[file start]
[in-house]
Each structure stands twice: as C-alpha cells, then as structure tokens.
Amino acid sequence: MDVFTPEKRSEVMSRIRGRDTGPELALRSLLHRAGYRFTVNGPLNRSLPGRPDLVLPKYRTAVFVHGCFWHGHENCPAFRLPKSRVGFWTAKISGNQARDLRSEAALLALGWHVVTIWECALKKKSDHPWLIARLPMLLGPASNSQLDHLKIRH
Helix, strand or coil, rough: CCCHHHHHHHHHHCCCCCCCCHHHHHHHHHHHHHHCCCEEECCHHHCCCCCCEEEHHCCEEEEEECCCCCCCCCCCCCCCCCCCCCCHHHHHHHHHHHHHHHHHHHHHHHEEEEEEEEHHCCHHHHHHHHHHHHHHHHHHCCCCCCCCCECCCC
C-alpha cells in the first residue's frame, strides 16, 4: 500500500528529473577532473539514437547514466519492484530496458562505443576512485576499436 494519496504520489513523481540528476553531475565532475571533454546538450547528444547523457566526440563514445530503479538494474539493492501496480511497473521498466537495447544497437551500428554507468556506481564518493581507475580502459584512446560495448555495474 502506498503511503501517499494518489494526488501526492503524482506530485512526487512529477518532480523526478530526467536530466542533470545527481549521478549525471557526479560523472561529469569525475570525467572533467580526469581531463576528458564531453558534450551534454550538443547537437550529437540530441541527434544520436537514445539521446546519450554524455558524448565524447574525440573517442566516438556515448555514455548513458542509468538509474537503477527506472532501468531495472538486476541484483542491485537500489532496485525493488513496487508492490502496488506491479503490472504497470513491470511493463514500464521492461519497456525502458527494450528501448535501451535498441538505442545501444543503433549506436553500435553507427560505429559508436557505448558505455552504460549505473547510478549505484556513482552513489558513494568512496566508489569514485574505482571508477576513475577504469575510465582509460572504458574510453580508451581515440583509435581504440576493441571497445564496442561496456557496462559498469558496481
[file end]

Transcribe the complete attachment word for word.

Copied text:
[in-house]
Each structure stands twice: as C-alpha cells, then as structure tokens.
Amino acid sequence: MDVFTPEKRSEVMSRIRGRDTGPELALRSLLHRAGYRFTVNGPLNRSLPGRPDLVLPKYRTAVFVHGCFWHGHENCPAFRLPKSRVGFWTAKISGNQARDLRSEAALLALGWHVVTIWECALKKKSDHPWLIARLPMLLGPASNSQLDHLKIRH
Helix, strand or coil, rough: CCCHHHHHHHHHHCCCCCCCCHHHHHHHHHHHHHHCCCEEECCHHHCCCCCCEEEHHCCEEEEEECCCCCCCCCCCCCCCCCCCCCCHHHHHHHHHHHHHHHHHHHHHHHEEEEEEEEHHCCHHHHHHHHHHHHHHHHHHCCCCCCCCCECCCC
C-alpha cells in the first residue's frame, strides 16, 4: 500500500528529473577532473539514437547514466519492484530496458562505443576512485576499436 494519496504520489513523481540528476553531475565532475571533454546538450547528444547523457566526440563514445530503479538494474539493492501496480511497473521498466537495447544497437551500428554507468556506481564518493581507475580502459584512446560495448555495474 502506498503511503501517499494518489494526488501526492503524482506530485512526487512529477518532480523526478530526467536530466542533470545527481549521478549525471557526479560523472561529469569525475570525467572533467580526469581531463576528458564531453558534450551534454550538443547537437550529437540530441541527434544520436537514445539521446546519450554524455558524448565524447574525440573517442566516438556515448555514455548513458542509468538509474537503477527506472532501468531495472538486476541484483542491485537500489532496485525493488513496487508492490502496488506491479503490472504497470513491470511493463514500464521492461519497456525502458527494450528501448535501451535498441538505442545501444543503433549506436553500435553507427560505429559508436557505448558505455552504460549505473547510478549505484556513482552513489558513494568512496566508489569514485574505482571508477576513475577504469575510465582509460572504458574510453580508451581515440583509435581504440576493441571497445564496442561496456557496462559498469558496481